However, there is a funny thing that does happen to me sometimes that I just have to write about.

The twins take two naps a day. Their morning nap is always a good nap for them. They both fall asleep almost instantly. In fact, it used to be that when I would bring Alex into his bedroom for this morning nap, his body would go limp, he would insert his thumb in his mouth, and he would go into sleep position before I even put him in his crib. Almost every day, I am waking them up from their morning nap so that I have time to feed them lunch before picking up Cece, or just waking them up so they don't sleep too long in the morning. Why? Well, dear friends, it is because the afternoon nap is more important to me--all three sleep then. Frankly, even the dog sleep in the afternoon!

The afternoon nap is a different story. On varying days, either one of the boys struggles a little to fall asleep (it's probably time to shorten the morning nap, but that's pretty important to me too). Sometimes, just chatting or even crying for awhile. Because of this, I separate them for their afternoon nap. In the morning, they both go down in their bedroom, but in the afternoon, one goes in his crib; the other in a pack n play in our bedroom (I switch which one, if I remember correctly, every other day).

Because the afternoon nap is a little less predictable, I will often hear one (or two) chattering, whining, or crying. In my mind, by the sound, I know who it is. I think to myself, Alex isn't sleeping; I wonder if he pooped? Or, I think, Gabe is sure talkative today; I wonder if he'll eventually go to sleep? Most of the time, they both settle down. However, every once in a while enough time goes by, that I decide to go and check, mostly to see if I need to change the one that I'm hearing.

Two times now this has happened to me. Today, this is how it went:

I think I hear Alex. I decide that he probably pooped, and he can't get himself to sleep. I'm going to go in, change him, hold him for a bit, and then, put him back down. So, I start down the hall, open the door of the room that Alex is in and, he's sound asleep!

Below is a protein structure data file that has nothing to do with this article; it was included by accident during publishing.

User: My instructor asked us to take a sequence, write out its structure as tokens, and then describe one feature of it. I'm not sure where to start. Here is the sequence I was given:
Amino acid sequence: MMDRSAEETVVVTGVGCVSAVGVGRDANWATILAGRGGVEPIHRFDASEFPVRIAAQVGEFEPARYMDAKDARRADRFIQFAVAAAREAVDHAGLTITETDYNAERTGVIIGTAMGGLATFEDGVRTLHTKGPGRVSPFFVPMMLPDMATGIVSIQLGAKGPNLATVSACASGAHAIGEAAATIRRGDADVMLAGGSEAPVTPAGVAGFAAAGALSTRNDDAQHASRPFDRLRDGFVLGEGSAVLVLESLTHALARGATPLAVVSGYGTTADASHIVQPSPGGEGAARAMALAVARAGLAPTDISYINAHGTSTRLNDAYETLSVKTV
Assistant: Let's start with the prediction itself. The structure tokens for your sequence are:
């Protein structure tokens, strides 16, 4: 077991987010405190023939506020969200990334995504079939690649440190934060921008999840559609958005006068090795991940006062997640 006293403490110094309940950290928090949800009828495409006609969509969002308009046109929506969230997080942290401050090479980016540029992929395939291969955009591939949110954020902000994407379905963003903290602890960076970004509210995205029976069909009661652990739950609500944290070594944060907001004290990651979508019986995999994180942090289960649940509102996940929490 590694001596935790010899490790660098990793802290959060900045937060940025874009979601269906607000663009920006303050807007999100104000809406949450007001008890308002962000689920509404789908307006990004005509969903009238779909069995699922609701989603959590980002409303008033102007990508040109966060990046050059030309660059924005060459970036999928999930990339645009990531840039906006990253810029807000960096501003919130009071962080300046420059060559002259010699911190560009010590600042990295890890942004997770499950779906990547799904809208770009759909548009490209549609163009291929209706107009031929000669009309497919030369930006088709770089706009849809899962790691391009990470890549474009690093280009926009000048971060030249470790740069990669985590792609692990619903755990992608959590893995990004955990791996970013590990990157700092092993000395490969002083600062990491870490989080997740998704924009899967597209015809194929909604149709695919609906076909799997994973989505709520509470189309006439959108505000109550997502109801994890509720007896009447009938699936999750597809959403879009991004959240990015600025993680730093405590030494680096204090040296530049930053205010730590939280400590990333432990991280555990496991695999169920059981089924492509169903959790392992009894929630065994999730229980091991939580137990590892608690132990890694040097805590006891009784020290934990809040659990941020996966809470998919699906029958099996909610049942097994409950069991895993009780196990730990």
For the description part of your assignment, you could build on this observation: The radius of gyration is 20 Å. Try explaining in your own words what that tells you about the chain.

The first time it happened (it was reversed--I thought I heard Gabe), I may or may not have said a cuss word aloud! I was just so stinkin' suprised!

The reality is that I probably did hear the one that I thought I was hearing at the beginning, but he probably fell asleep, and then, the other one made noises that I thought were his brothers'.

Anyway . . . I guess, sometimes they fool me!

Monday, February 13, 2012

the limitations of a behavioral management chart

So I'm an educator. That means I know what a behavior management chart is. I have experienced it as a brilliant tool in my classrooms. Then, I became a parent. As of today, I have been soberly reminded of the limitations of a behavior management chart, thanks to my three year old daughter (pictured below).


So here's the story. Cece loves her preschool. In fact, a week ago, when they didn't have school, and I told her that she would get to stay home, she said, "but, Mommy, I love school!" So glad. However, she has been having a lot of accidents at skolka. Like up to three times a morning. Some of it, I figured out, is a matter of just pulling her pants down far enough; however, I think she having so much fun playing with her friends, that she's getting a little distracted. So, how does one solve such a problem? Well, one with my personality, with a love of charts, and a background in education, I elicit the help of my daughter, and we make a behavioral management chart! Sounds fun, right? Well, it was indeed fun for my three year old.

First, we brainstormed things that big girls do. Here is Cece's list (verbatim):
-them don't pee in them's pants
-them get dressed and undressed by themselves
-them watch movies (nice try, Cece)
-them listen to them teacher
-them share with them's friends
-they react appropriately to situations (okay, so that was my addition)

So, then we narrowed down what we (okay, I) really wanted to work on, turned all the statements into positive ones, and this is what we got, a behavior management chart:

Picture 2

So far, today, we have gotten to put a sticker in the "she gets herself undressed" box.

Awesome, right? Until, tonight.

I put Cece to bed, and suddenly, I hear, "Mommy, Mommy . . . Mommy?" That continues for at least two minutes. I don't move. Why? Because this weekend was a five hour hair marathon (me doing Cece's hair--taking out the old style and putting in a new one), both boys have been sick, and Brian was in Phoenix for the JV board meeting. I don't want to move, an inch. I just wait. Soon enough, Cece comes traipsing out of her room still loudly requesting, "Mommy??" I answer as nicely as I can, "What Honey?" Her response, "I want you to get me a kleenex." I'm still using a nice tone, "If you need a kleenex, you can get it yourself." "Why, Mommy?" Still fairly nice tone, "Because you are a big girl, and if you need a kleenex, you can get it yourself."

Cece in a very stern tone, "But Mommy, that is not on the chart, so I want you to get it for me!"

I was stunned, but I acted quickly and gave Cece a little talking to in a not so nice tone, and needless to say, she got her own kleenex. Alas, the limitations of the behavioral management chart!

In an ideal world, these remaining pictures would be in separate blog posts, with other great stories, but I may never get around to that, so . . . .

Here's Cece's new style:


Here is Alex, who continues to make this great face for the camera:


Here's Gabe, who, along with his brother, has been sick, but is still trying to smile:


Kids are amazing! So stinkin' smart.